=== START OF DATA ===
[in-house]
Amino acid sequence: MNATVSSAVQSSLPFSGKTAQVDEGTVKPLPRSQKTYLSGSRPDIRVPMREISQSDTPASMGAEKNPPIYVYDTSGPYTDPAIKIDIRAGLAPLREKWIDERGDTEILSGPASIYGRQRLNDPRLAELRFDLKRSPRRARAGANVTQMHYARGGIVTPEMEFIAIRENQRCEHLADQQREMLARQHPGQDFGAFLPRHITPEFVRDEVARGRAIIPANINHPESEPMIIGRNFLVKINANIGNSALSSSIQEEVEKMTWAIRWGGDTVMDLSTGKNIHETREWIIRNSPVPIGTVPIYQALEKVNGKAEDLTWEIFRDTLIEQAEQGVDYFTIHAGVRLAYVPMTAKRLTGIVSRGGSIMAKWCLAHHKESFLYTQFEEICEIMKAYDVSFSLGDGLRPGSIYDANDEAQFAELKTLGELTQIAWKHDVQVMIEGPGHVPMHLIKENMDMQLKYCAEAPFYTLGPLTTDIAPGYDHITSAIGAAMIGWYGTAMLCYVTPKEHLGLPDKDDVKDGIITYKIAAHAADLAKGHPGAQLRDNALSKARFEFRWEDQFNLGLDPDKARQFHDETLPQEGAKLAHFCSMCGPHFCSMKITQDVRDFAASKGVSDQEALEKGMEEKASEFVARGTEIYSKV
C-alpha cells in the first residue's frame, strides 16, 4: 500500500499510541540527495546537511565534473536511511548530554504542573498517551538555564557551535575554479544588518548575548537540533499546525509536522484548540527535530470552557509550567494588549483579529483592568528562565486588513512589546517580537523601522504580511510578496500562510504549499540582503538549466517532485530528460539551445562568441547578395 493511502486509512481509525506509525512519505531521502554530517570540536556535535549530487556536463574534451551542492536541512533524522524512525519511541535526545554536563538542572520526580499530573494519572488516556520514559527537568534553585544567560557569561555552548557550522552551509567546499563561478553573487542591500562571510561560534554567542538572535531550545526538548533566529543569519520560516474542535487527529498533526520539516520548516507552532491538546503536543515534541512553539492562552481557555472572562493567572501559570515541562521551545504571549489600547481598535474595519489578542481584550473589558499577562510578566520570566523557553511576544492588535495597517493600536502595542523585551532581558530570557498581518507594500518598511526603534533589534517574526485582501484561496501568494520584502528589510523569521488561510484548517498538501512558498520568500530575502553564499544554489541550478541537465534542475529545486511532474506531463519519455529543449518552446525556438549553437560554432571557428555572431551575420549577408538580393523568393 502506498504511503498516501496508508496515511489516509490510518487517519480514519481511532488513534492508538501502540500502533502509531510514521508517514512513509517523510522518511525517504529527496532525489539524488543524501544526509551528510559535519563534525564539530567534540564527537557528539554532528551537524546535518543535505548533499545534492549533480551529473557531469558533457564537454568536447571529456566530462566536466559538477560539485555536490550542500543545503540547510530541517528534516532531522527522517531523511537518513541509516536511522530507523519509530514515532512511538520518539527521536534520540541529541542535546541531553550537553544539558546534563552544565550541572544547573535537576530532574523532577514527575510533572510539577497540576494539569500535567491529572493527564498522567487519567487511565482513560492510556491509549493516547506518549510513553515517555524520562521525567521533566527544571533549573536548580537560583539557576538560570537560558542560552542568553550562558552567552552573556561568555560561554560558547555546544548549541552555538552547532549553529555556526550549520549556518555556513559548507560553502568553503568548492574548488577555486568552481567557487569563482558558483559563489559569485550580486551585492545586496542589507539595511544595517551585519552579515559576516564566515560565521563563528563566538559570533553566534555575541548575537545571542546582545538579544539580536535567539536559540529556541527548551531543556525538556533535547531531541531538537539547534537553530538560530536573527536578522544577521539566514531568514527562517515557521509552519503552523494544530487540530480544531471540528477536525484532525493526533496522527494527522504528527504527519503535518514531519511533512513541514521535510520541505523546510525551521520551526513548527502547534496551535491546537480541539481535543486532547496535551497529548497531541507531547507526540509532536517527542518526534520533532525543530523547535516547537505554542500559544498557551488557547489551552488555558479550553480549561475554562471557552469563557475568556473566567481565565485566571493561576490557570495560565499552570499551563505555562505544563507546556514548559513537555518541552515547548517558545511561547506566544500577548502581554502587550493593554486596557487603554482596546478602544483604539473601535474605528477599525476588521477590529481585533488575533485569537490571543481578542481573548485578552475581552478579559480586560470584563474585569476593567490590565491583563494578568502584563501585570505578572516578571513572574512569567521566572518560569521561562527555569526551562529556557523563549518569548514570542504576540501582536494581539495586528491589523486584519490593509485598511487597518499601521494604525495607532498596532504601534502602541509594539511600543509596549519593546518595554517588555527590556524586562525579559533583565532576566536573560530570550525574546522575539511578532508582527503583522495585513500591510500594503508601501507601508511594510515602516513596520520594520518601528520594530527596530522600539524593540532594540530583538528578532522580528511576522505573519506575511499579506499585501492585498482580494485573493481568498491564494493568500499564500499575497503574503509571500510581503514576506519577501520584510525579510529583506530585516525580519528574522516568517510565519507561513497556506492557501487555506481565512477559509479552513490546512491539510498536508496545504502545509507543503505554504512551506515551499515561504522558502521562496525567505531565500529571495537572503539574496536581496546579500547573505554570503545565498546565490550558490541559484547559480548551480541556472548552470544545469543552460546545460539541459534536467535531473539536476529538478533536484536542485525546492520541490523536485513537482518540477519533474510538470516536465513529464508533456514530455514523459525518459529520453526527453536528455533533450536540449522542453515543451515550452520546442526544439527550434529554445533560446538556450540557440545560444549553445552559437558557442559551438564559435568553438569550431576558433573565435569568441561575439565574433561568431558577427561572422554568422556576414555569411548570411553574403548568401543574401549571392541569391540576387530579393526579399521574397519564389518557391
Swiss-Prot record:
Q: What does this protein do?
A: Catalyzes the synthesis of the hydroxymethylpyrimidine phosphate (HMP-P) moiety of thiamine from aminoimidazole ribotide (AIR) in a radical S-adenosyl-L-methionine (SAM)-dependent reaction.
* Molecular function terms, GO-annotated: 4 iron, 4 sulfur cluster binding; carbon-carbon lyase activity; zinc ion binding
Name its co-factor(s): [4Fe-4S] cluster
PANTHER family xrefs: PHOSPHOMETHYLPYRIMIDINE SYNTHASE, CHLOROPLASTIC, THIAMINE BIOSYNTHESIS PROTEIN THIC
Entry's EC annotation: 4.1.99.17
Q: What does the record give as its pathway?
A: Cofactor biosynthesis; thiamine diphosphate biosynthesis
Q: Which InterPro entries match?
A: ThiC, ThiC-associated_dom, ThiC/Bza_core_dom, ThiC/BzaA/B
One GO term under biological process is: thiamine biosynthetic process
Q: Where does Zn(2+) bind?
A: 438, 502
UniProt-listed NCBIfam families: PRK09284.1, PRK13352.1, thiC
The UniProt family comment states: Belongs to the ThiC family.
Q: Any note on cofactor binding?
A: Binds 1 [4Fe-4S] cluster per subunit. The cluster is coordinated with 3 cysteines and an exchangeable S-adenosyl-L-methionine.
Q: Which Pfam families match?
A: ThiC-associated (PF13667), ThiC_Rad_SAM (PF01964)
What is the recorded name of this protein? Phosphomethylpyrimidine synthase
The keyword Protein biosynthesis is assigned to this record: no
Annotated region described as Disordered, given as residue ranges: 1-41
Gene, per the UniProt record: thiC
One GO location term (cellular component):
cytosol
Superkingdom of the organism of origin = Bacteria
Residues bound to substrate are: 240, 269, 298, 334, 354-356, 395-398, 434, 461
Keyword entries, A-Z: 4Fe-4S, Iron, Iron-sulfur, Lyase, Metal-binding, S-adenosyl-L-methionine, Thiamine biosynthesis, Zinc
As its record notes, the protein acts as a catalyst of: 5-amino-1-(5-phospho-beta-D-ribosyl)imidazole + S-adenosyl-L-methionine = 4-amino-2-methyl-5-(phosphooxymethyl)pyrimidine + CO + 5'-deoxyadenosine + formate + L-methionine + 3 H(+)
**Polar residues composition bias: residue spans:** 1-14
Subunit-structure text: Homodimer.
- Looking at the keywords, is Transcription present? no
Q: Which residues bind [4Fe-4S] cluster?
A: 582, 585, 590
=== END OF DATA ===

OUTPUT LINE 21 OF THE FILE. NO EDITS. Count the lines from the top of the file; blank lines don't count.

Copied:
A: Binds 1 [4Fe-4S] cluster per subunit. The cluster is coordinated with 3 cysteines and an exchangeable S-adenosyl-L-methionine.